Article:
Meanwhile, Randal was still comatose and surviving with the aid of feeding and breathing tubes. His recovery would be slow and heart-wrenching.
The following year at a Houston hospital, Randal began showing signs of improvement when he moved a thumb and finger, his parents said. Gradually, he seemed to awaken and become energized. He no longer needed the feeding and breathing tubes.
“I don’t remember the accident, but the recovery process was a great one,” Randal said.
Their son’s steady improvement, along with their faith in God, is what helped the Chisamores stay strong throughout the ordeal, they said.
At one point, a physician told the couple that Randal’s condition wouldn’t improve past the twoyear mark since his accident, they said. Another told them that their son might regain the ability to walk and talk, but he’d never be able to go back to college.
The Chisamores never accepted the prognoses.
“Every brain injury is different,” Mandy said. “Everybody recovers at a different rate.”
Two years after the accident, Randal was walking, talking and eager to go back to college. Enrolled as a business major at Del Mar, he and his father visited the college’s Disability Services office to inquire about support for those with brain injuries.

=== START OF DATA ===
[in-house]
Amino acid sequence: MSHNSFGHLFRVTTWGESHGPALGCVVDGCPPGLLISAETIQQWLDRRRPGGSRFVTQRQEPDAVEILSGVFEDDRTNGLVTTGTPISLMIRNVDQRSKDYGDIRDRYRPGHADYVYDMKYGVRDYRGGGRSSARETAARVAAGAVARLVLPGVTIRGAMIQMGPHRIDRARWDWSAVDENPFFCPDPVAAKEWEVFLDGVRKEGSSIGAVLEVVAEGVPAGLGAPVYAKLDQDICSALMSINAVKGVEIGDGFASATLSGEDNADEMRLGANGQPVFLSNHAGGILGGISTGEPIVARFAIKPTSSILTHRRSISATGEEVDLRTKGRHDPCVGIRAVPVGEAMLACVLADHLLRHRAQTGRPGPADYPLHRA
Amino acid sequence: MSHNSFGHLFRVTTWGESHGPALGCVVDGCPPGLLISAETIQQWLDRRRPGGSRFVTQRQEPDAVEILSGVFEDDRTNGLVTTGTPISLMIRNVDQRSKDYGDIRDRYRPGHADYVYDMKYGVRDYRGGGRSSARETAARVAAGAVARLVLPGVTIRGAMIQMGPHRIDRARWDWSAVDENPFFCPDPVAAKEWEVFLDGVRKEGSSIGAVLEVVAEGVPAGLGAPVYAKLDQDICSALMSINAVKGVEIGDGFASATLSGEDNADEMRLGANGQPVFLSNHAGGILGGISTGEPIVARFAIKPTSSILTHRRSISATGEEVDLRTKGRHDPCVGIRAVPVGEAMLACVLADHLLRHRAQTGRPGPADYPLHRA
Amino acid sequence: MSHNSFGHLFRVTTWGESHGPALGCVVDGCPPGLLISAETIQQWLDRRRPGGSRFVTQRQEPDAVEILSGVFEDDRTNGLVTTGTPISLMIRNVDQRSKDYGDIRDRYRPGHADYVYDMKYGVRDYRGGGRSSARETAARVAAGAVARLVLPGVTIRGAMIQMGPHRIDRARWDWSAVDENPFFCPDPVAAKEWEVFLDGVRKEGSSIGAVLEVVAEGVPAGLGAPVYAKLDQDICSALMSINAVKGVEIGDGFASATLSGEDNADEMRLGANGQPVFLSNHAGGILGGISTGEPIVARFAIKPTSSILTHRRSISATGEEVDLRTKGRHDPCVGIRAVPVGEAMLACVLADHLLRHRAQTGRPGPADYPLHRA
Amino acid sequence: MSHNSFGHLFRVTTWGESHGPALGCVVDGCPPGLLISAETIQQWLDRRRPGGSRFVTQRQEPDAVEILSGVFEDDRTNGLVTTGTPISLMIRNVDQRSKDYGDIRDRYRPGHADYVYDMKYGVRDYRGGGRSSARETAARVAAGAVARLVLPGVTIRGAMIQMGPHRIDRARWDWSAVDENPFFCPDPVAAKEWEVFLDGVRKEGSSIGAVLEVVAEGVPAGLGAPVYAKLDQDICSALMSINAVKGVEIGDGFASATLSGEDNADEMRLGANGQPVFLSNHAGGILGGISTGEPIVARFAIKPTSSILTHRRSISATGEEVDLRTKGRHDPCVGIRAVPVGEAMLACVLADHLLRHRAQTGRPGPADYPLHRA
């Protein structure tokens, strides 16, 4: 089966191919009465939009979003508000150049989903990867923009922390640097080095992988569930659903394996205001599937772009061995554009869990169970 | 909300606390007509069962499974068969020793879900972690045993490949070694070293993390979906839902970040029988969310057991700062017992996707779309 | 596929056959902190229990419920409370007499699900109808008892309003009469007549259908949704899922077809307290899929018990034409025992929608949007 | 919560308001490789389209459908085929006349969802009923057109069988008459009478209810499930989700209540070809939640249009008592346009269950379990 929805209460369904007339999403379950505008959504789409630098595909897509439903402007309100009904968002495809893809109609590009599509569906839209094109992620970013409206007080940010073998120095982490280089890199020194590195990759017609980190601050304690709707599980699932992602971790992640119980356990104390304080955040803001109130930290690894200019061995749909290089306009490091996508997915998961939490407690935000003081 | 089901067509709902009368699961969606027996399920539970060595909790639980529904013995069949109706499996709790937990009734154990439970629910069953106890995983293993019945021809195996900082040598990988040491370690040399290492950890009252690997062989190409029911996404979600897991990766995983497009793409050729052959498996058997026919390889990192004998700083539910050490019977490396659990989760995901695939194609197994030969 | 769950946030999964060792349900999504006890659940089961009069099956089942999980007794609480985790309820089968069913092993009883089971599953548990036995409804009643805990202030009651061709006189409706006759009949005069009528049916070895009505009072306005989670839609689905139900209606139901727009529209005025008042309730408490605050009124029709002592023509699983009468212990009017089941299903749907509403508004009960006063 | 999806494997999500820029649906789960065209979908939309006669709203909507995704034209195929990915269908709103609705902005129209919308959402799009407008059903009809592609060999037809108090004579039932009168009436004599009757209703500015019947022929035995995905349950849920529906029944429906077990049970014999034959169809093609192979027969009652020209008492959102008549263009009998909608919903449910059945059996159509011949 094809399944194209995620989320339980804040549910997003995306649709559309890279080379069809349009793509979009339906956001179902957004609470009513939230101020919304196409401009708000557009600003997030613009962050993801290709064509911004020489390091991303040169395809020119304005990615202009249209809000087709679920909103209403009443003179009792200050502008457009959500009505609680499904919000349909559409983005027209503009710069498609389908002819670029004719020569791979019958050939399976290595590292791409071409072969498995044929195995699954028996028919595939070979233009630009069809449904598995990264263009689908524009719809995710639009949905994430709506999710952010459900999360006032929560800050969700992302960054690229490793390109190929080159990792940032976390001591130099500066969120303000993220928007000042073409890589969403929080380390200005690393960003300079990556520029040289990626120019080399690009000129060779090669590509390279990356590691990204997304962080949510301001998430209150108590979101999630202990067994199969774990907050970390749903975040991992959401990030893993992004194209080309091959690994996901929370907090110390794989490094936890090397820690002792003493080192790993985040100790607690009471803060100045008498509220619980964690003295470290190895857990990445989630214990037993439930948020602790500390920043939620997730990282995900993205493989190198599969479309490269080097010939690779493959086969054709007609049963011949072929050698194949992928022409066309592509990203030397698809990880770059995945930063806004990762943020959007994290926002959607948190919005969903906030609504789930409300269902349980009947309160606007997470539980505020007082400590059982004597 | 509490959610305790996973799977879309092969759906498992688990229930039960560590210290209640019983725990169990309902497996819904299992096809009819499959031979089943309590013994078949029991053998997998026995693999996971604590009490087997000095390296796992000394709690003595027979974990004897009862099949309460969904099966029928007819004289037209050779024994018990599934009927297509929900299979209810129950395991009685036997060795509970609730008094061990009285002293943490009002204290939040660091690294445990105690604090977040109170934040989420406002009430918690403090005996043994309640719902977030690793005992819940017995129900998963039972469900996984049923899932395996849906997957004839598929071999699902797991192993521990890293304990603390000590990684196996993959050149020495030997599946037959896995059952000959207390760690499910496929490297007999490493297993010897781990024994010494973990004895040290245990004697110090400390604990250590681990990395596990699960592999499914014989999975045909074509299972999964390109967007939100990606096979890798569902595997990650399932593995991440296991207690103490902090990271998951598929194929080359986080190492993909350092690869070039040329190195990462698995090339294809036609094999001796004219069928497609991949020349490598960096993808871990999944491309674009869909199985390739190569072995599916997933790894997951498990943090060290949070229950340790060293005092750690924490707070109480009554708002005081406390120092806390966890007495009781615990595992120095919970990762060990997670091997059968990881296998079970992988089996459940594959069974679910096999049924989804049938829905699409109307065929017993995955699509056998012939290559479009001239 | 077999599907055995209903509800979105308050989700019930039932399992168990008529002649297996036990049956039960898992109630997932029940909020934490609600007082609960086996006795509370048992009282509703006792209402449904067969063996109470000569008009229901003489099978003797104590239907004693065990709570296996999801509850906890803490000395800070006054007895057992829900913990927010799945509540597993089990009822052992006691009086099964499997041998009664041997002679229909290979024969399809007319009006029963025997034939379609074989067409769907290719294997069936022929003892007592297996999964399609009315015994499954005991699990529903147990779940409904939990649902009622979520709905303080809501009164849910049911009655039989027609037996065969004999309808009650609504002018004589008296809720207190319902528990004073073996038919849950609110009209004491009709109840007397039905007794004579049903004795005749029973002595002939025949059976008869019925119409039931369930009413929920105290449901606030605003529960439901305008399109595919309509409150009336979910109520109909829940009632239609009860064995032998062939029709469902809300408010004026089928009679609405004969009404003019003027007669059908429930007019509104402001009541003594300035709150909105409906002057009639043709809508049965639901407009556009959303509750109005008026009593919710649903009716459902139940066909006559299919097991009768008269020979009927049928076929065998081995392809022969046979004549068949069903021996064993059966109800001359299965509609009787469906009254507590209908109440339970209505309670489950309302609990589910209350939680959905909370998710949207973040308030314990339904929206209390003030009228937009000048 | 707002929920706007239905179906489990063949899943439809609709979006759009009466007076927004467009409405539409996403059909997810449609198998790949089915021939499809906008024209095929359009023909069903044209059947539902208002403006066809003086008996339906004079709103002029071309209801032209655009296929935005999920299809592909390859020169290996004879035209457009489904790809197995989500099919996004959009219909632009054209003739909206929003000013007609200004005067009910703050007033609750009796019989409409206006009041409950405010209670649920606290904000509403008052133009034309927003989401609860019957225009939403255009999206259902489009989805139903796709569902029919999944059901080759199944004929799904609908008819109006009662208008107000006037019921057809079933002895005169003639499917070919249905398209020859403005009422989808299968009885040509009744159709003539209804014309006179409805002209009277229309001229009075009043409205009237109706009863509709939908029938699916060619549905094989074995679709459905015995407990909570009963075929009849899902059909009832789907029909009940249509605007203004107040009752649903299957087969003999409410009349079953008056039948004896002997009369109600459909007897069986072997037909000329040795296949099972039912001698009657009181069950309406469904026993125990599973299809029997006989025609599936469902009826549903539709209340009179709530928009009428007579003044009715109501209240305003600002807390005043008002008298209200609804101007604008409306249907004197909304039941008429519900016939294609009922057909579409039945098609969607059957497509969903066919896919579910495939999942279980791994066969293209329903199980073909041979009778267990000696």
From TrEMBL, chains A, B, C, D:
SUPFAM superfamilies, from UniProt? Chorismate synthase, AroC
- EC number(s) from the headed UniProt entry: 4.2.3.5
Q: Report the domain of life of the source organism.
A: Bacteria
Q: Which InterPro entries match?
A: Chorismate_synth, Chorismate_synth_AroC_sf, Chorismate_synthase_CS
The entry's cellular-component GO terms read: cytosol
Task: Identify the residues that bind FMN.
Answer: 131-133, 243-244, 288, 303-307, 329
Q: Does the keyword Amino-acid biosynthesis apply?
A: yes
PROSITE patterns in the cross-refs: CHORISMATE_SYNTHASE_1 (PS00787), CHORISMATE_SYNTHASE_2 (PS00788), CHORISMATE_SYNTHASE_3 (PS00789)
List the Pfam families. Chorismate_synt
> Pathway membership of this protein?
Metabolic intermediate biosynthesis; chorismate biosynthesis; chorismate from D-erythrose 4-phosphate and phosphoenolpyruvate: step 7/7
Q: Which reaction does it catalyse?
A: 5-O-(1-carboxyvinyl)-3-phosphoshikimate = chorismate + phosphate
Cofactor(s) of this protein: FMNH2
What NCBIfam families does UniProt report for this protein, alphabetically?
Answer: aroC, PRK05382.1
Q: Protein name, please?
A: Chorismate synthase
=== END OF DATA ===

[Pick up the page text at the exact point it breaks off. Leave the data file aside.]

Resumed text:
The first obstacle for Randy was hearing people refer to his son as disabled. After all, at King High School, Randal had been a football player, district wrestling champion and honor society member.
“I don’t like to say disabled. He’s not disabled,” Randy said, his voice cracking. “He’s a strong man.”
The Chisamores were relieved to learn about the assistance that was available to their son, such as a scribe to assist Randal with notetaking during his classes.
Del Mar can accommodate students with any disability, whether physical or psychological, temporary or permanent, said Diana Ortega-Feerick, student disability specialist. For example, students with back injuries may be offered specialized classroom furniture, and those with psychological issues such as post-traumatic stress disorder can take tests in a distraction-free setting rather than the classroom.
“Our goal is to help them reach the same objective as every other student,” Ortega-Feerick said. “Everything is individually based and tailored to the student’s needs.”
During the fall 2014 semester, 165 students who identified themselves as having a disability were enrolled at Del Mar College, or about 1.5 percent of the student population. Of those, five had traumatic brain injuries.
Accommodations and support services for disabled students can vary among colleges and universities, Ortega-Feerick said. But access to college services, programs and activities is guaranteed by the Americans with Disabilities Act of 1990 (ADA), the ADA Amendments Act of 2008 and Section 504 of the Rehabilitation Act of 1973, as well as state laws.